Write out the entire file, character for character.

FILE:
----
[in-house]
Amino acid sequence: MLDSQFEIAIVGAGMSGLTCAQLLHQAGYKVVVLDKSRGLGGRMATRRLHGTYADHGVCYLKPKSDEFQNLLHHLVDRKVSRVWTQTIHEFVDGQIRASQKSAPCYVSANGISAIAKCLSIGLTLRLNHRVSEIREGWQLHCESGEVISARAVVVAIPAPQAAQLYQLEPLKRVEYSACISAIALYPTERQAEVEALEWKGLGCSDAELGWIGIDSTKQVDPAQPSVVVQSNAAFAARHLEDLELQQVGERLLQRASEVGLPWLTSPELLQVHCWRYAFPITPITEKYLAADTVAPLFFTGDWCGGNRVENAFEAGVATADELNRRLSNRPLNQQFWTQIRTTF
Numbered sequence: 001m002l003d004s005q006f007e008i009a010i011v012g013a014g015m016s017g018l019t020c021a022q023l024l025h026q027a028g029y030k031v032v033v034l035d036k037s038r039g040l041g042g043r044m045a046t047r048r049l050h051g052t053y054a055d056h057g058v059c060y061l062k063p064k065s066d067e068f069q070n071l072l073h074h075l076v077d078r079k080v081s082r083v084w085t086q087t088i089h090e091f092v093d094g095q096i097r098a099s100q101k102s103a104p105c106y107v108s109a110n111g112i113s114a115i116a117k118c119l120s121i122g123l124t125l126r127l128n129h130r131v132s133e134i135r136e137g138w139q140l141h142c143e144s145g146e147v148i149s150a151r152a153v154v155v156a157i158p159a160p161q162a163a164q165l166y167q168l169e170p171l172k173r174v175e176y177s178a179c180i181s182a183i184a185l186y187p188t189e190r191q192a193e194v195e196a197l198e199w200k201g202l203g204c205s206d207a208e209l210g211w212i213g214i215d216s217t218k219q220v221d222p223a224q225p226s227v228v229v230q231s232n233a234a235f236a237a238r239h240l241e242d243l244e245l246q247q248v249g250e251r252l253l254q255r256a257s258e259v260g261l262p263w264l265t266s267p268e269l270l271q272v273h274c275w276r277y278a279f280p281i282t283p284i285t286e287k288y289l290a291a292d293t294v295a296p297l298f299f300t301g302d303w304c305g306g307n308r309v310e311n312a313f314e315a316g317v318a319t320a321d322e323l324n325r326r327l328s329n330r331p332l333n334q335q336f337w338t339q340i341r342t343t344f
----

[in-house]
Amino acid sequence: MLDSQFEIAIVGAGMSGLTCAQLLHQAGYKVVVLDKSRGLGGRMATRRLHGTYADHGVCYLKPKSDEFQNLLHHLVDRKVSRVWTQTIHEFVDGQIRASQKSAPCYVSANGISAIAKCLSIGLTLRLNHRVSEIREGWQLHCESGEVISARAVVVAIPAPQAAQLYQLEPLKRVEYSACISAIALYPTERQAEVEALEWKGLGCSDAELGWIGIDSTKQVDPAQPSVVVQSNAAFAARHLEDLELQQVGERLLQRASEVGLPWLTSPELLQVHCWRYAFPITPITEKYLAADTVAPLFFTGDWCGGNRVENAFEAGVATADELNRRLSNRPLNQQFWTQIRTTF
Numbered sequence: 001m002l003d004s005q006f007e008i009a010i011v012g013a014g015m016s017g018l019t020c021a022q023l024l025h026q027a028g029y030k031v032v033v034l035d036k037s038r039g040l041g042g043r044m045a046t047r048r049l050h051g052t053y054a055d056h057g058v059c060y061l062k063p064k065s066d067e068f069q070n071l072l073h074h075l076v077d078r079k080v081s082r083v084w085t086q087t088i089h090e091f092v093d094g095q096i097r098a099s100q101k102s103a104p105c106y107v108s109a110n111g112i113s114a115i116a117k118c119l120s121i122g123l124t125l126r127l128n129h130r131v132s133e134i135r136e137g138w139q140l141h142c143e144s145g146e147v148i149s150a151r152a153v154v155v156a157i158p159a160p161q162a163a164q165l166y167q168l169e170p171l172k173r174v175e176y177s178a179c180i181s182a183i184a185l186y187p188t189e190r191q192a193e194v195e196a197l198e199w200k201g202l203g204c205s206d207a208e209l210g211w212i213g214i215d216s217t218k219q220v221d222p223a224q225p226s227v228v229v230q231s232n233a234a235f236a237a238r239h240l241e242d243l244e245l246q247q248v249g250e251r252l253l254q255r256a257s258e259v260g261l262p263w264l265t266s267p268e269l270l271q272v273h274c275w276r277y278a279f280p281i282t283p284i285t286e287k288y289l290a291a292d293t294v295a296p297l298f299f300t301g302d303w304c305g306g307n308r309v310e311n312a313f314e315a316g317v318a319t320a321d322e323l324n325r326r327l328s329n330r331p332l333n334q335q336f337w338t339q340i341r342t343t344f